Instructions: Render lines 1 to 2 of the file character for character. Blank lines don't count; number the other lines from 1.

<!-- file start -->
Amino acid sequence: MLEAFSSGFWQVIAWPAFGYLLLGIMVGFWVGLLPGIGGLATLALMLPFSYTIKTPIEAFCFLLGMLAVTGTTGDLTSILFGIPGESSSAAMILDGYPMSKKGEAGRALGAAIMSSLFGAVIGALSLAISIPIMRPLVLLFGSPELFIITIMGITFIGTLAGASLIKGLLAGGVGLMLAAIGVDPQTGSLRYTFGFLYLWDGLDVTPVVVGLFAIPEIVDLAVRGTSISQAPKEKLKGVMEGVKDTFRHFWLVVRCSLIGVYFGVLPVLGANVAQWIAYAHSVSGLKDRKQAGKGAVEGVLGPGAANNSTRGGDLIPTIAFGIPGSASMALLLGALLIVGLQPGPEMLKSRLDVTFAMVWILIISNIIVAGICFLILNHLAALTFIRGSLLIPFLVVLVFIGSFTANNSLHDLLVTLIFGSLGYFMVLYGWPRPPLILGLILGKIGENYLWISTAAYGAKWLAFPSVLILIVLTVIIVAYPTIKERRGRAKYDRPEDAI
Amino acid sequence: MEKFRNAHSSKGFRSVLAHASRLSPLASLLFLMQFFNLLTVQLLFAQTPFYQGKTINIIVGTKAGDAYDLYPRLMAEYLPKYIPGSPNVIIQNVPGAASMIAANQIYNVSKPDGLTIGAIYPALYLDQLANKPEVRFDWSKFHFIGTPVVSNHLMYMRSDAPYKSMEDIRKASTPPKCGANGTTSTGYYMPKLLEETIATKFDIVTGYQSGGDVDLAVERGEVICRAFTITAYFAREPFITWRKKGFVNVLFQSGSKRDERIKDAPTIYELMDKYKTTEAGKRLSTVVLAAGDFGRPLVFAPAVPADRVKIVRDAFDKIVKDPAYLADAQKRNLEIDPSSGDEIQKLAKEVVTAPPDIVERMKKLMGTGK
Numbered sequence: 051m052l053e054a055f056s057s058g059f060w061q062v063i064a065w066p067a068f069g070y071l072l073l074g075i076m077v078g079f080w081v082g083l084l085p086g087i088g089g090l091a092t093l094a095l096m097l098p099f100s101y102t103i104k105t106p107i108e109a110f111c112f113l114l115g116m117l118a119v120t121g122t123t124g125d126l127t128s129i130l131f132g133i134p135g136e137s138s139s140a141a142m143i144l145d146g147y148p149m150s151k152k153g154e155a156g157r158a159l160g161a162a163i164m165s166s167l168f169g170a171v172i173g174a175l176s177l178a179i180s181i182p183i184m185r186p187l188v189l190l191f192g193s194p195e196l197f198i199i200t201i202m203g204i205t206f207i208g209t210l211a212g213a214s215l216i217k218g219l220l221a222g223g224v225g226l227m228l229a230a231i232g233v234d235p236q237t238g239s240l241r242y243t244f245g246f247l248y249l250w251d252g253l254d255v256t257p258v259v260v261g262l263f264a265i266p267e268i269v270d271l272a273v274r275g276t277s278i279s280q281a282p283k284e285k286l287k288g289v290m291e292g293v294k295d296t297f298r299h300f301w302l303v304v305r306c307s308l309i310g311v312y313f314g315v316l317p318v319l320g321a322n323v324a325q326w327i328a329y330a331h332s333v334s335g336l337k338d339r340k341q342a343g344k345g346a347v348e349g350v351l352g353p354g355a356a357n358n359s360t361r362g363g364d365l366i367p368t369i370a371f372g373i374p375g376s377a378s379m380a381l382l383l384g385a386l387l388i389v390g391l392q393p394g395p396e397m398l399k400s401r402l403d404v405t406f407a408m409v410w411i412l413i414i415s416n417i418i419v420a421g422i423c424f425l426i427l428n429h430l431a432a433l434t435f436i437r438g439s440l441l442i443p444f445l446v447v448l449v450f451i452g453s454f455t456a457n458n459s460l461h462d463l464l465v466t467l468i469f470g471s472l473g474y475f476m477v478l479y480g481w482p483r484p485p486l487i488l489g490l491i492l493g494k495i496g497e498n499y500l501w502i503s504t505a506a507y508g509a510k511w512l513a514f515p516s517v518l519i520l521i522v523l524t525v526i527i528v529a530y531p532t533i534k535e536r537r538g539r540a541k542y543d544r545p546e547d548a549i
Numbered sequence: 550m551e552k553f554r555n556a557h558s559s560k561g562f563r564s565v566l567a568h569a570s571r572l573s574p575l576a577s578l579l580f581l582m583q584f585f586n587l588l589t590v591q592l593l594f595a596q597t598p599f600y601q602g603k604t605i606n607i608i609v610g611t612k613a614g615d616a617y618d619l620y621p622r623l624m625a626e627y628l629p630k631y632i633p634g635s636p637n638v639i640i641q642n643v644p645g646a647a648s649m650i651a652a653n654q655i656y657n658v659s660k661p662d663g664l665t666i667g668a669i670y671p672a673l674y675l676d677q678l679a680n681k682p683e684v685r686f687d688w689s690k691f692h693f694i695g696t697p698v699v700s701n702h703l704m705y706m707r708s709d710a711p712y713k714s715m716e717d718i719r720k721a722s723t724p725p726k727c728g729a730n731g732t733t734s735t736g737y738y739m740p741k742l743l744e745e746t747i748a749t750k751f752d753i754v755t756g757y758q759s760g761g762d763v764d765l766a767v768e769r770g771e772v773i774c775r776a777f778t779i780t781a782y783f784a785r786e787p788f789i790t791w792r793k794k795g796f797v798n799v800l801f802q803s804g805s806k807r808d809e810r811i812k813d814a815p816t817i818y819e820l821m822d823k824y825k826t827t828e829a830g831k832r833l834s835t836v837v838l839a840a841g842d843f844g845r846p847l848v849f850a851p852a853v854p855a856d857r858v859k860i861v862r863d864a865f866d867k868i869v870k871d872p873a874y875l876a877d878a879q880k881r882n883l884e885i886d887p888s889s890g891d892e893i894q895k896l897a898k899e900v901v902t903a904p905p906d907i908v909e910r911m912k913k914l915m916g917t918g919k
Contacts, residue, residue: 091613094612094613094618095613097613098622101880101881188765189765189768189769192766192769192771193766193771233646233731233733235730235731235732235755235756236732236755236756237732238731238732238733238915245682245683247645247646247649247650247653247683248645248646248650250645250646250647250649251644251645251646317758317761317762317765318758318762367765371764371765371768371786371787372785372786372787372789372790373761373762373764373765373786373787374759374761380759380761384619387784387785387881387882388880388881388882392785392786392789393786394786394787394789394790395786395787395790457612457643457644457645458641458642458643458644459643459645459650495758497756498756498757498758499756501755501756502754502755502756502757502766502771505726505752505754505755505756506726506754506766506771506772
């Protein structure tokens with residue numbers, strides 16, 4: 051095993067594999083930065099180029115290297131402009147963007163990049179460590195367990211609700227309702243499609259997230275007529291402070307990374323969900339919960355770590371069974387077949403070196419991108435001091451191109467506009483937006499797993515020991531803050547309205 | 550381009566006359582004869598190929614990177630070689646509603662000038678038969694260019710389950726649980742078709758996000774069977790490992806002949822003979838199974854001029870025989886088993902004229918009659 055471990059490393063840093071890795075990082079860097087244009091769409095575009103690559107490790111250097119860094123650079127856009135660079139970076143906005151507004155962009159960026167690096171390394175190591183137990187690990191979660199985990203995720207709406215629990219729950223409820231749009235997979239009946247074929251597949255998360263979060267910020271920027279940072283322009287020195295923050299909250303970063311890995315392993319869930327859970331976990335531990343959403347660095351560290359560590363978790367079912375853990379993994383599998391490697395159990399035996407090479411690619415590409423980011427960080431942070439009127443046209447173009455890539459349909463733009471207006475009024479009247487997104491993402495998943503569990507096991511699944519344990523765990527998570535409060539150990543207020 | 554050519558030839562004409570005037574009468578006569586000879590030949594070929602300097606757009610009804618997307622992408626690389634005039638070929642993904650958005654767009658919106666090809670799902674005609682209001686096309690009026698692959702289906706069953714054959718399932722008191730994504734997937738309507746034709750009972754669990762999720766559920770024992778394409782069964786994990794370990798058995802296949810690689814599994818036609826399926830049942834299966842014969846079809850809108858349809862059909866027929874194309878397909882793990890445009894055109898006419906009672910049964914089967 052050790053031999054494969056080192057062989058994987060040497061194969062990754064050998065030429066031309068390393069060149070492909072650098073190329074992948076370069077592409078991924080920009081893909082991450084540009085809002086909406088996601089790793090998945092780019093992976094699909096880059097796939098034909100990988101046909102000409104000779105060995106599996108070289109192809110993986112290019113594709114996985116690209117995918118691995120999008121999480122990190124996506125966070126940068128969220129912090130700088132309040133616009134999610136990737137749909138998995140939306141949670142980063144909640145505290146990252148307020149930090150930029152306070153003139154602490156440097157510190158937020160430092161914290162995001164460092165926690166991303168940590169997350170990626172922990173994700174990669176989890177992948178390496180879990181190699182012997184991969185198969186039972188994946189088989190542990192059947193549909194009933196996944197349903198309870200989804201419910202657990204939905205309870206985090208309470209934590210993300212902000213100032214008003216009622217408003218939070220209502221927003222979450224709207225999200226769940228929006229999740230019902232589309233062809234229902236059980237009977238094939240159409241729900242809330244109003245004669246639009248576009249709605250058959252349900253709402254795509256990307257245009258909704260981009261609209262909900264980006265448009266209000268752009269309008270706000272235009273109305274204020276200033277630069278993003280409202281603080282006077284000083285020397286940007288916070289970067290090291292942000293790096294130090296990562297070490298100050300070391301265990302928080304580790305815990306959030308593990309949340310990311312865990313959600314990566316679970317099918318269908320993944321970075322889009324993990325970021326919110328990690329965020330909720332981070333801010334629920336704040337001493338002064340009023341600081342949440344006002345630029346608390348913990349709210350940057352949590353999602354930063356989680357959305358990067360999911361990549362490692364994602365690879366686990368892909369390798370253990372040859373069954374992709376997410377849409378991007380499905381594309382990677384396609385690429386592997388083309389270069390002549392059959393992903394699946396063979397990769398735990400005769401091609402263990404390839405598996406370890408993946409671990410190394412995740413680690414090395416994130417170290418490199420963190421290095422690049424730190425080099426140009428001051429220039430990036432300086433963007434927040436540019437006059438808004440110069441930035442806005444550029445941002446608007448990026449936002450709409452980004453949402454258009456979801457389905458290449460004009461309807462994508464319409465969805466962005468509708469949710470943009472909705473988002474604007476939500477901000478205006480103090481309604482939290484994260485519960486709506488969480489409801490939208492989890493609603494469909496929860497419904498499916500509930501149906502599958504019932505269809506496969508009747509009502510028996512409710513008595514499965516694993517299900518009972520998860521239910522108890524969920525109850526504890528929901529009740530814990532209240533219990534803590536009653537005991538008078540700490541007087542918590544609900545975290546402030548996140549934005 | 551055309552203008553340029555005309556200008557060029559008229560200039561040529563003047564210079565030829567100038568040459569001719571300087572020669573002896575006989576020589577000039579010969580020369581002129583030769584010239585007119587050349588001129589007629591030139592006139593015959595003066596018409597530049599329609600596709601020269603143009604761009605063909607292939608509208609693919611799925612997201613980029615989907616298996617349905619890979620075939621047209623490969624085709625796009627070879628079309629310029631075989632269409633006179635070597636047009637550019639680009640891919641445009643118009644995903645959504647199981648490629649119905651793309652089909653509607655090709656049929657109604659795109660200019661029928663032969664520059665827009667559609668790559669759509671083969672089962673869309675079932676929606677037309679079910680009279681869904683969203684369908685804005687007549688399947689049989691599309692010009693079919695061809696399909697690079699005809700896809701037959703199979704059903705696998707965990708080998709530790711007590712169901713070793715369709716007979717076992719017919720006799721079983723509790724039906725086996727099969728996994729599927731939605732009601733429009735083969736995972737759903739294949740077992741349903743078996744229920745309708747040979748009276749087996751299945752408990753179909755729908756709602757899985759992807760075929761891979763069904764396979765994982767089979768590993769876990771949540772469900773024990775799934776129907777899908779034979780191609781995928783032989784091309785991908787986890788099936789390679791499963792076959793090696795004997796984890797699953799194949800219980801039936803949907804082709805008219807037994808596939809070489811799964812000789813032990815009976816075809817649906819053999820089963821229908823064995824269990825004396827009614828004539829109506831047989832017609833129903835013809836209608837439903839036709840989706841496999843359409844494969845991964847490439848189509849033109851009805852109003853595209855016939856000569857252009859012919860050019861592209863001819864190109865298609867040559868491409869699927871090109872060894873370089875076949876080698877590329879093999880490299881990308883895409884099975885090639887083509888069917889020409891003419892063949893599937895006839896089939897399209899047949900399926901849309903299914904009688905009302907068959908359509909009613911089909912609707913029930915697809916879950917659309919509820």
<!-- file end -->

Amino acid sequence: MLEAFSSGFWQVIAWPAFGYLLLGIMVGFWVGLLPGIGGLATLALMLPFSYTIKTPIEAFCFLLGMLAVTGTTGDLTSILFGIPGESSSAAMILDGYPMSKKGEAGRALGAAIMSSLFGAVIGALSLAISIPIMRPLVLLFGSPELFIITIMGITFIGTLAGASLIKGLLAGGVGLMLAAIGVDPQTGSLRYTFGFLYLWDGLDVTPVVVGLFAIPEIVDLAVRGTSISQAPKEKLKGVMEGVKDTFRHFWLVVRCSLIGVYFGVLPVLGANVAQWIAYAHSVSGLKDRKQAGKGAVEGVLGPGAANNSTRGGDLIPTIAFGIPGSASMALLLGALLIVGLQPGPEMLKSRLDVTFAMVWILIISNIIVAGICFLILNHLAALTFIRGSLLIPFLVVLVFIGSFTANNSLHDLLVTLIFGSLGYFMVLYGWPRPPLILGLILGKIGENYLWISTAAYGAKWLAFPSVLILIVLTVIIVAYPTIKERRGRAKYDRPEDAI
Amino acid sequence: MEKFRNAHSSKGFRSVLAHASRLSPLASLLFLMQFFNLLTVQLLFAQTPFYQGKTINIIVGTKAGDAYDLYPRLMAEYLPKYIPGSPNVIIQNVPGAASMIAANQIYNVSKPDGLTIGAIYPALYLDQLANKPEVRFDWSKFHFIGTPVVSNHLMYMRSDAPYKSMEDIRKASTPPKCGANGTTSTGYYMPKLLEETIATKFDIVTGYQSGGDVDLAVERGEVICRAFTITAYFAREPFITWRKKGFVNVLFQSGSKRDERIKDAPTIYELMDKYKTTEAGKRLSTVVLAAGDFGRPLVFAPAVPADRVKIVRDAFDKIVKDPAYLADAQKRNLEIDPSSGDEIQKLAKEVVTAPPDIVERMKKLMGTGK